“Now, the Iranians are watching the way he engages with North Korea, and vice versa,” Graham said of Trump. “So, we’ve got a chance here to deliver some fatal blows to really bad actors in 2018. But if we blink, God help us all,” he said.
Graham spoke the same day Iran’s government limited access to social media during the fourth day of anti-government protests that resulted in the deaths of two people on Saturday.
Trump has been publicly supportive of the protests on Twitter, repeatedly saying the United States and the rest of the world are “watching” how the events unfold.
Graham also dismissed the notion that Trump’s support of the protests is counterproductive, referring to such thinking as “the Obama approach.”
“If I were Trump, I’d do the exact opposite of Obama,” Graham said. “Obama said: ‘I don’t want to get involved. I don’t want to mess up the chance of getting a deal with Iran.’ Well, the deal with Iran hasn’t worked. The money didn’t go to benefit the people, it went to benefit the Ayatollah and his henchmen.”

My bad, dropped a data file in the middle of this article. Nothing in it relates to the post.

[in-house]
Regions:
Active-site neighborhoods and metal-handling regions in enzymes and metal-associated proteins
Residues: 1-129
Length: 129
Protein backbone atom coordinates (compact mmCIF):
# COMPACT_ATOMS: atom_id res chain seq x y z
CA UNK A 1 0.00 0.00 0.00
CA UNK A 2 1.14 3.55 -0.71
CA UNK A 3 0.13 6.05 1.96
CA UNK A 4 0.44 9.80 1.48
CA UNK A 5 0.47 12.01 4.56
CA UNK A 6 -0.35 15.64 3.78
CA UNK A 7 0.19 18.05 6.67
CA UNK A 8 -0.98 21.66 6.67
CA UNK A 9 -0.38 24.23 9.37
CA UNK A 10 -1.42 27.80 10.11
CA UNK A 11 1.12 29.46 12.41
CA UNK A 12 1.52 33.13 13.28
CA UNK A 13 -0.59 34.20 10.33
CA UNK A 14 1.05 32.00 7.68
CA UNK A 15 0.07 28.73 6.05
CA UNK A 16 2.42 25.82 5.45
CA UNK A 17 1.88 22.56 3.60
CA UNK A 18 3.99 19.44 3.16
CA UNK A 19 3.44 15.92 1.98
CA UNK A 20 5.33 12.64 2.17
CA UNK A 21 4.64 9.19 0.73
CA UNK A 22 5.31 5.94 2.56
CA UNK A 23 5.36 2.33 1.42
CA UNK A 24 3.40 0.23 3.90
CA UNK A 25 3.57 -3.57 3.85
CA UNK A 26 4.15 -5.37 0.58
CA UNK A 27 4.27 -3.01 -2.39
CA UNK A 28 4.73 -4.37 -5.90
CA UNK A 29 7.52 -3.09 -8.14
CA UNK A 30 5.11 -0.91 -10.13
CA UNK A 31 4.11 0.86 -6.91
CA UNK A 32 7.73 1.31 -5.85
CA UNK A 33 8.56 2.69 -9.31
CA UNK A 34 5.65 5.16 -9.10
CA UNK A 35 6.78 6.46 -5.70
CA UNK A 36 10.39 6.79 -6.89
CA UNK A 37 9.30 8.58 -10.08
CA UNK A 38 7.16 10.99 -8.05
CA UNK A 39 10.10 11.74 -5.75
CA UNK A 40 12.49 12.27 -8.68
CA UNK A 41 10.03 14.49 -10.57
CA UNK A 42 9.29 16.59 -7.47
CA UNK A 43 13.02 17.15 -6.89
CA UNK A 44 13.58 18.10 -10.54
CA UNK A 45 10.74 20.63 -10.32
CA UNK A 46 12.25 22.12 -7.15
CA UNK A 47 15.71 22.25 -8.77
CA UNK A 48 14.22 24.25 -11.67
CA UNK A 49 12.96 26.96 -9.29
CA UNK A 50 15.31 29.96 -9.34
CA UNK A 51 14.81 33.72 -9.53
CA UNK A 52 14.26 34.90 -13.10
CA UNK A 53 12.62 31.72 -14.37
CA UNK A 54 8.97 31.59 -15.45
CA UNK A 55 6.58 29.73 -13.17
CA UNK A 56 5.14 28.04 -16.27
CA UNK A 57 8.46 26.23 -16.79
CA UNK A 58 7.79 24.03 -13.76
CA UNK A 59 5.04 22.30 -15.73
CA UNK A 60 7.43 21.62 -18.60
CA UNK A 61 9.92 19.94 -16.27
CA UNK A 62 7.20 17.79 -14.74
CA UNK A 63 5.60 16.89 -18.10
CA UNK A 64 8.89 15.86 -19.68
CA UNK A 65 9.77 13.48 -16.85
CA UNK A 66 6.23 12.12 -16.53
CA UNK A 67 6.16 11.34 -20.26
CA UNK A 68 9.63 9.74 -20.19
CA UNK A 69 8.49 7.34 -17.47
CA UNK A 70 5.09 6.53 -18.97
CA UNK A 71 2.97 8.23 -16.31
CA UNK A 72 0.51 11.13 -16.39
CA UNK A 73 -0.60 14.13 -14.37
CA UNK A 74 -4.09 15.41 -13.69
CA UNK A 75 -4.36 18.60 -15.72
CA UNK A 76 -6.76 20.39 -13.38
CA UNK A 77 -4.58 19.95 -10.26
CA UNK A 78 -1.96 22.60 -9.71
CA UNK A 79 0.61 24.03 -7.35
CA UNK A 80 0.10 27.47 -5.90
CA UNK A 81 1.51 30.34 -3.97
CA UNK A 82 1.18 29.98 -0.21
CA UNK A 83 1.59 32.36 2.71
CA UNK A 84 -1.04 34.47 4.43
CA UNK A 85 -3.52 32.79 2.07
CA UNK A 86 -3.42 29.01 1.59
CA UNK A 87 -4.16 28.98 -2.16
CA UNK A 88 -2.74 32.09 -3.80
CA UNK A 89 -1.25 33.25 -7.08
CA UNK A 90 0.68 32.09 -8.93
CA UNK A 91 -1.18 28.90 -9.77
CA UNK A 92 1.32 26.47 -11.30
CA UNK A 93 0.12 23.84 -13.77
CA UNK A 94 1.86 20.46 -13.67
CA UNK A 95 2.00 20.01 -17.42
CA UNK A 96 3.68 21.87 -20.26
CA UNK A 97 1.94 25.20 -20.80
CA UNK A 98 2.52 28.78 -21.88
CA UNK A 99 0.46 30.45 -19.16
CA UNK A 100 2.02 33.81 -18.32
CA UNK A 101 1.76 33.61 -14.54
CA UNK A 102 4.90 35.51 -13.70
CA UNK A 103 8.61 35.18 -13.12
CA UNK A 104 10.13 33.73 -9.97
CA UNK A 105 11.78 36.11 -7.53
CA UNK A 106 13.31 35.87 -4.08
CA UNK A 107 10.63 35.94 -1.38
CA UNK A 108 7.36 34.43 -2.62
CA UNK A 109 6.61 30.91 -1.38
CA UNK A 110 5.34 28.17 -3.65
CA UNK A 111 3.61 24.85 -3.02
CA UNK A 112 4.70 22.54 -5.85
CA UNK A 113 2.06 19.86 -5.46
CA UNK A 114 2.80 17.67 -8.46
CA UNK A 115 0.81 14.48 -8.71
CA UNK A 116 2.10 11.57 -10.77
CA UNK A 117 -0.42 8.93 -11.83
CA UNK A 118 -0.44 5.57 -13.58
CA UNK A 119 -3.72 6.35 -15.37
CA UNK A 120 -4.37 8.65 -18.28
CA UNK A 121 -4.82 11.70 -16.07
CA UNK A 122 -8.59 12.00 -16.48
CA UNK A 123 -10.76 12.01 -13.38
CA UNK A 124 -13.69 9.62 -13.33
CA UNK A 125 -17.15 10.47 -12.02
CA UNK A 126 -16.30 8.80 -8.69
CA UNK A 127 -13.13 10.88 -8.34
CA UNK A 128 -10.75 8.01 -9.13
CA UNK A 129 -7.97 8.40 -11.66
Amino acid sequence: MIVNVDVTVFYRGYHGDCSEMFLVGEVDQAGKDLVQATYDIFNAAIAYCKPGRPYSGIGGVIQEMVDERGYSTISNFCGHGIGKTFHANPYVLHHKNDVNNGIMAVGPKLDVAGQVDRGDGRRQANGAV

He suggested the president should appear on television using the Iran protests as a reason why the United States should withdraw from the Iran nuclear agreement in 2018.
“If I were President Trump, I would have a nationwide address pretty soon explaining why the Iranian nuclear deal is a bad deal for the world, what a better deal would look like, and urge Congress and the European allies to get a better deal with Iran — before it’s too late,” Graham said.
Ret. Navy Adm. Michael Mullen — a former head of the Joint Chiefs of Staff under both presidents George W. Bush and Barack Obama — said the U.S. is closer to nuclear war with North Korea than ever and warned that Iran could rapidly develop nuclear weapons if Trump ends the Iranian nuclear deal.
“I worry greatly about the fact that the Iranians will bring forward a nuclear weapon capability,” Mullen said while appearing on ABC News This Week on Sunday. “They were very close when the deal was struck. They can redevelop it, I think, very rapidly.”
He said Trump has been successful in getting China to take a more active role in trying to restrain North Korea’s nuclear activities, but also warned Trump’s presidency has been “incredibly disruptive, certainly unpredictable in many many ways.”
“A real measure of how this all comes out is whether China is going to commit to a peaceful resolution here. If they don’t, then I worry a great deal that it’s much more likely there will be conflict,” he said.
Mullen added that America’s enemies benefit in this “incredibly dangerous climate.”
“Those who have been our friends for many years ask questions about our commitments to them… and our enemies, those that would do us ill, seem to be able to take advantage of the uncertainty,” he said.